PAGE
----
Coding, Computational Thinking, and the Sphero

Posted: September 27, 2018

Along with math, social studies, and English, students are also learning how to code by using robotics like LEGO’s® WeDo 2.0 Kits and the Sphero®. These are just two of many learning materials that are being incorporated into STEM and STEAM disciplines.      

The Sphero is a robot that is controlled through the Sphero Edu app that allows students to code their Sphero in three different ways. Coding the Sphero can be programmed by drawing paths that represent the code for their Sphero to follow; by using block-based drag and drop interface; and also by using JavaScript.

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One of the many great aspects about Sphero 2.0 is that with its three different programming levels, students of all ages and skills can utilize this learning tool.           

Sphero products include the Sphero Mini, Sphero 2.0, Ollie, Sphero SPRK +, and the Sphero BOLT. Sphero has also designed and has innovated Spheros specifically for Star Wars™, Marvel, and Disney Pixar.         

At a rapid pace, the Sphero is rolling its way into many schools and classrooms, like Fall Creek’s, where students are programming their app-enabled robotics.

Middle school science teacher, Chris Mackey-Natz of Fall Creek Schools in Fall Creek, Wisconsin, uses Sphero’s to teach his students. Fall Creek Schools hosts chariot wars and chariot races where students program their Sphero’s and have them battle one another. Mackey-Natz’s students used a robotic printer to print their chariots.

“This is problem-based learning,” stated Mackey-Natz. “The kids are learning how to problem solve, which is so important. We have a unit with robotics, programming, and running robots. We have chariot wars and chariot races. We use Sphero’s to help students easily learn programming and complete hands-on activities.” 

Teaching techniques that allow students to create and “learn by doing,” can help students learn from their actions, why something is occurring the way it is, and how to problem solve. Spheros, STEM, and STEAM disciplines, provide students with opportunities to develop a growth mindset and can help build confidence. This type of open creativity and freedom for students to learn, can often diminish the fear of failure by students.

“The kids are learning how to problem solve, they’re going to make mistakes,” stated Mackey-Natz. “I’ve had kids print four chariots because each version had something wrong with it, so they would have to go back to the drawing board, problem solve, and re-do it.”            

This type of learning that engages students, inspires critical thinking, problem solving, and creativity, is called computational thinking. This type of thought process breaks down large problems into smaller steps in order to solve it.     

“Computational thinking covers more than learning how to code or even how to use computers,” stated District Administration’s article, “K12 Students Code Beyond Computers.” “Rather, it teaches problem-solving techniques that draw heavily on logic, sequencing, and trial and error. It also promotes persistence, confidence, and tolerance for ambiguity, according to ISTE and the Computer Science Teachers of America.”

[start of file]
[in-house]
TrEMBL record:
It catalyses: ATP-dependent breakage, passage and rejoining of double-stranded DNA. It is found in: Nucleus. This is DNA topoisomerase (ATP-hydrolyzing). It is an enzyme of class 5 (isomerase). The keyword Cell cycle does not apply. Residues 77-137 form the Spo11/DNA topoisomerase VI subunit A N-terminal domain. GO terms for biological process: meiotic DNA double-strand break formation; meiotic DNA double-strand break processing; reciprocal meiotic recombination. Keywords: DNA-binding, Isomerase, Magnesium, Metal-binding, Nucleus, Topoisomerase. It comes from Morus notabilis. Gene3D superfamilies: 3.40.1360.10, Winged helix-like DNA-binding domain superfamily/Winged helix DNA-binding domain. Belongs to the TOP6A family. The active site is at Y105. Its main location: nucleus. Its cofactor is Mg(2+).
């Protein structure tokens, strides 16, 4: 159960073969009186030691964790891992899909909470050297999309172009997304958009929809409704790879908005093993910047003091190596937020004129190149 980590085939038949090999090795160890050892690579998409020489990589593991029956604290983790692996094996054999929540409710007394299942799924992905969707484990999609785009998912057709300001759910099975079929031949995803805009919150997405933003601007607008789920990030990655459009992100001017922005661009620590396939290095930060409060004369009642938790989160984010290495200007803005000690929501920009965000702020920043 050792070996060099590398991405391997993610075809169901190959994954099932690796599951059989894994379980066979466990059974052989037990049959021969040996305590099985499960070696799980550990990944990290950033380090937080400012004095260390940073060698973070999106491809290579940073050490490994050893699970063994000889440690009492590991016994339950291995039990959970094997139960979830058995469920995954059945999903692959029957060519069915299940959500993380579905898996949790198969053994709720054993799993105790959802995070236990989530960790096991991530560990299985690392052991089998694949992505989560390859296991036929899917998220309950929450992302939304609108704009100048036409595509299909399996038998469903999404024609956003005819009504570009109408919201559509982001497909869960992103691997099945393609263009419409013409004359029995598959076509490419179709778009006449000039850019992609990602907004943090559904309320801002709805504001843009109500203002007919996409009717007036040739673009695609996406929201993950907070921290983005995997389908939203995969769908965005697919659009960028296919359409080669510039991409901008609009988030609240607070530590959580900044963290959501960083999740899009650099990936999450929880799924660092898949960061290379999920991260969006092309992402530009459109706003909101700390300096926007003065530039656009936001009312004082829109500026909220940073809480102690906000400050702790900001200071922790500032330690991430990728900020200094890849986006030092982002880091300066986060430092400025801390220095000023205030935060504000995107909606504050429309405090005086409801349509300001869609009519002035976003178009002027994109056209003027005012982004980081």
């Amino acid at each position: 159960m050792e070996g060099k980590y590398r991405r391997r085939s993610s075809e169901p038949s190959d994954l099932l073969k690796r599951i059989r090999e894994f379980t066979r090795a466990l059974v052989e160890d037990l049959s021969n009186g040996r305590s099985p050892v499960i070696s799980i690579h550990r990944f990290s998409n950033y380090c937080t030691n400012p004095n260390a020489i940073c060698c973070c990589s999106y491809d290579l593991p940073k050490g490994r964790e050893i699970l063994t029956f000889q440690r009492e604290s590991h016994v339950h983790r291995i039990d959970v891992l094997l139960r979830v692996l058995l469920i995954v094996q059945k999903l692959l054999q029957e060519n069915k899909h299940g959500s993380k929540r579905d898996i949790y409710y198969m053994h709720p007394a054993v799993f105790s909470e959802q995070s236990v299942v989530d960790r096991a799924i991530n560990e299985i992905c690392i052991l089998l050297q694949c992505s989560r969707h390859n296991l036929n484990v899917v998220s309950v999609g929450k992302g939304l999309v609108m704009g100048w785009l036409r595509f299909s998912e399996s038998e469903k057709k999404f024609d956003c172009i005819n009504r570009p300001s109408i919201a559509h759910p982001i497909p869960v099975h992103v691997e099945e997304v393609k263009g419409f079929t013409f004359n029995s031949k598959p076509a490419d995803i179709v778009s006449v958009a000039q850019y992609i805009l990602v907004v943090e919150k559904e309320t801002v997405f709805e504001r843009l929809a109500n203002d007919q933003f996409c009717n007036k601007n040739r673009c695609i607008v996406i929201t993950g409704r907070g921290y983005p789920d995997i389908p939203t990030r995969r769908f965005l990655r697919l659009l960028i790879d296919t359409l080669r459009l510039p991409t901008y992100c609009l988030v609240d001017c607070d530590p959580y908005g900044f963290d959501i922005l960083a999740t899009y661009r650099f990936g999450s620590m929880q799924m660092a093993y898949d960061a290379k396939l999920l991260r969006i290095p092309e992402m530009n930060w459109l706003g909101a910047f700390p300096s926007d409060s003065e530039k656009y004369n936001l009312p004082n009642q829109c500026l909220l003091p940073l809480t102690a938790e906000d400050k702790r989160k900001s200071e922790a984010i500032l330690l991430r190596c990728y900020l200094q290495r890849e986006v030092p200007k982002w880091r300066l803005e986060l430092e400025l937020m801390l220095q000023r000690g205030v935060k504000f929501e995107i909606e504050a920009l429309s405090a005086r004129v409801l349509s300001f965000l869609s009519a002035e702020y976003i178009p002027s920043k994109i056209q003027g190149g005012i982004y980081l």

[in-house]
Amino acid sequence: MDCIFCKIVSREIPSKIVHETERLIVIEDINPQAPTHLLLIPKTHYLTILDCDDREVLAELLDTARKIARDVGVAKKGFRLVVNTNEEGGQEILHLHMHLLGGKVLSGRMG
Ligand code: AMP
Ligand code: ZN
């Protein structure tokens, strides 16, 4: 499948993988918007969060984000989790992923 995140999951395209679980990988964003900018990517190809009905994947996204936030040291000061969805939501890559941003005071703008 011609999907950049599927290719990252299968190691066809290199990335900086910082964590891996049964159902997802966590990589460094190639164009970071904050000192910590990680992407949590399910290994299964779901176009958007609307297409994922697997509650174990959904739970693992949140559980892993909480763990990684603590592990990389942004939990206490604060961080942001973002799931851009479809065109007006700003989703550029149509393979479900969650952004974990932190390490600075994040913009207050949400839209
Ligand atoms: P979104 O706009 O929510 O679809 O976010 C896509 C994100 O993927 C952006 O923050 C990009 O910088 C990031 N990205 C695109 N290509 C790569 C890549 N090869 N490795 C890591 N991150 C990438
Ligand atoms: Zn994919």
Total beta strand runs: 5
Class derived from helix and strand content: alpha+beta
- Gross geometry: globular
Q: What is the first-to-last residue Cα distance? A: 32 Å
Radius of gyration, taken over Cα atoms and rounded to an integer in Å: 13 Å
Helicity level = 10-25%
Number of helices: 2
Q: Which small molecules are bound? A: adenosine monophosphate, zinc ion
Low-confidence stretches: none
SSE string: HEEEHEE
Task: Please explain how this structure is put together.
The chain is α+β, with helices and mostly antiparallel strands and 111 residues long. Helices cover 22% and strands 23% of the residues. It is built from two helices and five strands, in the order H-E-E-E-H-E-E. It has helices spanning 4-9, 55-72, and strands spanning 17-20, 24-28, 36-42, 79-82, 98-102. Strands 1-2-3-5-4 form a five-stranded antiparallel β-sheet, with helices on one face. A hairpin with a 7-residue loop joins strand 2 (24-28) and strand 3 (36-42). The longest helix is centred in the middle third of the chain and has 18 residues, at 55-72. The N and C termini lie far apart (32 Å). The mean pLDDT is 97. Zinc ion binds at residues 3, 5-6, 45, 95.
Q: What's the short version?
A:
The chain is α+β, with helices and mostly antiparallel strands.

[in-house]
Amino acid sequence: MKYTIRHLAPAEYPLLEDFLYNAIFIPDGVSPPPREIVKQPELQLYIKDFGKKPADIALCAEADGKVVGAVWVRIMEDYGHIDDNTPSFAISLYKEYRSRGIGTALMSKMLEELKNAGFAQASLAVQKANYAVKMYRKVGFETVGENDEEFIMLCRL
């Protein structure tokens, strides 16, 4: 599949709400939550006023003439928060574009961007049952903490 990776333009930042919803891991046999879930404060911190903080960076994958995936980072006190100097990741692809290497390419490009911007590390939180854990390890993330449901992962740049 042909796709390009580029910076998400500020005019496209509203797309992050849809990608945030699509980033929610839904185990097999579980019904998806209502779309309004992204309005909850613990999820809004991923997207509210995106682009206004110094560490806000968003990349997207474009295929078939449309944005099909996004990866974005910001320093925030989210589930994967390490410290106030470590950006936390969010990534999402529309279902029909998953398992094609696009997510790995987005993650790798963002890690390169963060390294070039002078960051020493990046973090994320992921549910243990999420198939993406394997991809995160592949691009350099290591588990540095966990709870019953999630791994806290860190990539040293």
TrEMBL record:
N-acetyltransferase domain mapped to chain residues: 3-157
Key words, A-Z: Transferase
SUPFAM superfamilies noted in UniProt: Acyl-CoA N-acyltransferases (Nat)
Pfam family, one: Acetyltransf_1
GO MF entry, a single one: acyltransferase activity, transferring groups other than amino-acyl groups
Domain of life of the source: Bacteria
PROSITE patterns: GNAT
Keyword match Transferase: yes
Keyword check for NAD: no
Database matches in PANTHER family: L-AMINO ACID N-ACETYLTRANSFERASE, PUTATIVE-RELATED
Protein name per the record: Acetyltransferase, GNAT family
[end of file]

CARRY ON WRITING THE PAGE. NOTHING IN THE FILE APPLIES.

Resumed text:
Computational thinking can be applied to any subject and is a method of learning that is changing the way in which students are learning in the classroom, especially by using robotics.       

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Although Mackey-Natz uses the Sphero in his classroom, he struggled to find a way to organize, store, and charge Spheros and devices; that’s when Spectrum stepped in and provided a solution to his problem. Spectrum’s headquarters located in Chippewa Falls, Wisconsin, just a hop, skip, and jump away from Fall Creek, Wisconsin, listened to Mackey Natz’s needs and developed the Pathway Cart that would help solve his storage, charging, and organizational dilemmas.

The Pathway Cart has the ability to charge 12 Spheros and 12 iPads. The cart features five inch balloon wheels for easy room to room mobility, removable shelves for easy integration of devices, and can store and charge other robotics such as Dash and Dot and the Ozobot.        

“Last year, we had to carry all the Spheros down individually to where we would have the chariot races, we had a bank of plugs for charging and we were constantly looking for outlets. Spheros were on top of tables and were on the ground, it was a mess. Now that we have this cart from Spectrum, for example, everything this morning was charged and I was able to wheel the cart down to the chariot races and plug it back in.”       

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The Pathway Cart was designed and created by Spectrum to assist with classroom learning, engagement, communication, critical thinking, and collaboration. Spectrum has been designing products for the classroom for over 50 years and guarantees complete customer satisfaction.   

“From design to delivery, Spectrum is constantly innovating,” said Ben Jones, Spectrum’s Vice President of Sales. “We take our customers’ needs seriously by providing options for accessories, and colors, and incorporating customer feedback into new and improved products.”

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